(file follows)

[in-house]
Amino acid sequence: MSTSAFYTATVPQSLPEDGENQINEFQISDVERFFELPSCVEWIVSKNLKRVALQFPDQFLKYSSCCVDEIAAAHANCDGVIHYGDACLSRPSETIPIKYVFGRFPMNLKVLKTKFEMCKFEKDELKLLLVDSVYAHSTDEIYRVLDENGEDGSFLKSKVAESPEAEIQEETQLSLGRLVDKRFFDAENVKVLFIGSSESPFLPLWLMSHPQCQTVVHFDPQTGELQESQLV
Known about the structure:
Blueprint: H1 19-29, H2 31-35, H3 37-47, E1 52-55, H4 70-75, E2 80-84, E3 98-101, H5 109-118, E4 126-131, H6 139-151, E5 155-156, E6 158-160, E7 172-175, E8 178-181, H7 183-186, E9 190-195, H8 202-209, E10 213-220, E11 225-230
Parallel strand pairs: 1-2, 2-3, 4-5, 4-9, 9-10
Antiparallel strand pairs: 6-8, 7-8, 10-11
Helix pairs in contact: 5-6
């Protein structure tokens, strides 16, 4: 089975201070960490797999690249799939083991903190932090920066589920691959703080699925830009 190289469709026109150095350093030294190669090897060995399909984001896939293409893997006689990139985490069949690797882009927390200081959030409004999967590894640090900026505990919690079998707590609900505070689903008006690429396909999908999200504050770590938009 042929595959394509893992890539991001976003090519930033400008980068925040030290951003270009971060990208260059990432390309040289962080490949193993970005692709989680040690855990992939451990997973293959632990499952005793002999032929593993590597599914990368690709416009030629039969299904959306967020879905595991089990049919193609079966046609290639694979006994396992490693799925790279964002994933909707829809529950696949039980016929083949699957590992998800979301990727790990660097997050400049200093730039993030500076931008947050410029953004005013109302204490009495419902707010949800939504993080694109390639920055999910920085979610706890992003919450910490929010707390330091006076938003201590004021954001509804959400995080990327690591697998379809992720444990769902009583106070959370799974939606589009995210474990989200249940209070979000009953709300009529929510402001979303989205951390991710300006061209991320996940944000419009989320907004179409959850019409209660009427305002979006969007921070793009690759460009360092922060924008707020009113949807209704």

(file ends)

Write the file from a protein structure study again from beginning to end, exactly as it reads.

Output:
[in-house]
Amino acid sequence: MSTSAFYTATVPQSLPEDGENQINEFQISDVERFFELPSCVEWIVSKNLKRVALQFPDQFLKYSSCCVDEIAAAHANCDGVIHYGDACLSRPSETIPIKYVFGRFPMNLKVLKTKFEMCKFEKDELKLLLVDSVYAHSTDEIYRVLDENGEDGSFLKSKVAESPEAEIQEETQLSLGRLVDKRFFDAENVKVLFIGSSESPFLPLWLMSHPQCQTVVHFDPQTGELQESQLV
Known about the structure:
Blueprint: H1 19-29, H2 31-35, H3 37-47, E1 52-55, H4 70-75, E2 80-84, E3 98-101, H5 109-118, E4 126-131, H6 139-151, E5 155-156, E6 158-160, E7 172-175, E8 178-181, H7 183-186, E9 190-195, H8 202-209, E10 213-220, E11 225-230
Parallel strand pairs: 1-2, 2-3, 4-5, 4-9, 9-10
Antiparallel strand pairs: 6-8, 7-8, 10-11
Helix pairs in contact: 5-6
């Protein structure tokens, strides 16, 4: 089975201070960490797999690249799939083991903190932090920066589920691959703080699925830009 190289469709026109150095350093030294190669090897060995399909984001896939293409893997006689990139985490069949690797882009927390200081959030409004999967590894640090900026505990919690079998707590609900505070689903008006690429396909999908999200504050770590938009 042929595959394509893992890539991001976003090519930033400008980068925040030290951003270009971060990208260059990432390309040289962080490949193993970005692709989680040690855990992939451990997973293959632990499952005793002999032929593993590597599914990368690709416009030629039969299904959306967020879905595991089990049919193609079966046609290639694979006994396992490693799925790279964002994933909707829809529950696949039980016929083949699957590992998800979301990727790990660097997050400049200093730039993030500076931008947050410029953004005013109302204490009495419902707010949800939504993080694109390639920055999910920085979610706890992003919450910490929010707390330091006076938003201590004021954001509804959400995080990327690591697998379809992720444990769902009583106070959370799974939606589009995210474990989200249940209070979000009953709300009529929510402001979303989205951390991710300006061209991320996940944000419009989320907004179409959850019409209660009427305002979006969007921070793009690759460009360092922060924008707020009113949807209704």